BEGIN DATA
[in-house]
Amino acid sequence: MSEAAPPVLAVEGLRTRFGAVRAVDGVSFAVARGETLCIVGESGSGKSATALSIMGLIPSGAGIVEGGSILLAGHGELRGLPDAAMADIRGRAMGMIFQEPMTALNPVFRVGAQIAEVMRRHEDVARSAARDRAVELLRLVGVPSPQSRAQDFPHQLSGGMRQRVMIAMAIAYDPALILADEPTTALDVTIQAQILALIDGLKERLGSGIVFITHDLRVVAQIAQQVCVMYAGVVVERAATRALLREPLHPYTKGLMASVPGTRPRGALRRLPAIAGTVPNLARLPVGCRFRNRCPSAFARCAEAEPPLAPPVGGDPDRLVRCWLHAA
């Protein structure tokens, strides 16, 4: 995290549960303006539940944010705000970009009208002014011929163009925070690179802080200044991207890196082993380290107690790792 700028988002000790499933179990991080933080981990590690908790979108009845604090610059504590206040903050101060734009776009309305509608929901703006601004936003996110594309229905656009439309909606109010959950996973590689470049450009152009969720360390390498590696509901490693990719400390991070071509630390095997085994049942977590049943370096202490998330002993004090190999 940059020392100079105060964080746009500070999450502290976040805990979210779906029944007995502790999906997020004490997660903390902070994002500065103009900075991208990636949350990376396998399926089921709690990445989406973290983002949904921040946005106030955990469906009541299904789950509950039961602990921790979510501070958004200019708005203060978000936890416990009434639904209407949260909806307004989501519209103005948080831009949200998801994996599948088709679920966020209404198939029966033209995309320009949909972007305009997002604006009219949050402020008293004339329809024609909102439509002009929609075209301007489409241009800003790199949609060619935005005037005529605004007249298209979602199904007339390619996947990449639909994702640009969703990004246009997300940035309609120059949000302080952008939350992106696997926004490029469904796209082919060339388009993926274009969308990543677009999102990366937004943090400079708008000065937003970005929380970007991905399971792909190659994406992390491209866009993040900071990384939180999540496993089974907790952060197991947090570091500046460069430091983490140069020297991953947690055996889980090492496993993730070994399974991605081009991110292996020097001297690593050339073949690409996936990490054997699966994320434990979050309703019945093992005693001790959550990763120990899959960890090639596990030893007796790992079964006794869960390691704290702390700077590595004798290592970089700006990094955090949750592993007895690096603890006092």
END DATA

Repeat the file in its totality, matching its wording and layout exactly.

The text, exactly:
[in-house]
Amino acid sequence: MSEAAPPVLAVEGLRTRFGAVRAVDGVSFAVARGETLCIVGESGSGKSATALSIMGLIPSGAGIVEGGSILLAGHGELRGLPDAAMADIRGRAMGMIFQEPMTALNPVFRVGAQIAEVMRRHEDVARSAARDRAVELLRLVGVPSPQSRAQDFPHQLSGGMRQRVMIAMAIAYDPALILADEPTTALDVTIQAQILALIDGLKERLGSGIVFITHDLRVVAQIAQQVCVMYAGVVVERAATRALLREPLHPYTKGLMASVPGTRPRGALRRLPAIAGTVPNLARLPVGCRFRNRCPSAFARCAEAEPPLAPPVGGDPDRLVRCWLHAA
């Protein structure tokens, strides 16, 4: 995290549960303006539940944010705000970009009208002014011929163009925070690179802080200044991207890196082993380290107690790792 700028988002000790499933179990991080933080981990590690908790979108009845604090610059504590206040903050101060734009776009309305509608929901703006601004936003996110594309229905656009439309909606109010959950996973590689470049450009152009969720360390390498590696509901490693990719400390991070071509630390095997085994049942977590049943370096202490998330002993004090190999 940059020392100079105060964080746009500070999450502290976040805990979210779906029944007995502790999906997020004490997660903390902070994002500065103009900075991208990636949350990376396998399926089921709690990445989406973290983002949904921040946005106030955990469906009541299904789950509950039961602990921790979510501070958004200019708005203060978000936890416990009434639904209407949260909806307004989501519209103005948080831009949200998801994996599948088709679920966020209404198939029966033209995309320009949909972007305009997002604006009219949050402020008293004339329809024609909102439509002009929609075209301007489409241009800003790199949609060619935005005037005529605004007249298209979602199904007339390619996947990449639909994702640009969703990004246009997300940035309609120059949000302080952008939350992106696997926004490029469904796209082919060339388009993926274009969308990543677009999102990366937004943090400079708008000065937003970005929380970007991905399971792909190659994406992390491209866009993040900071990384939180999540496993089974907790952060197991947090570091500046460069430091983490140069020297991953947690055996889980090492496993993730070994399974991605081009991110292996020097001297690593050339073949690409996936990490054997699966994320434990979050309703019945093992005693001790959550990763120990899959960890090639596990030893007796790992079964006794869960390691704290702390700077590595004798290592970089700006990094955090949750592993007895690096603890006092």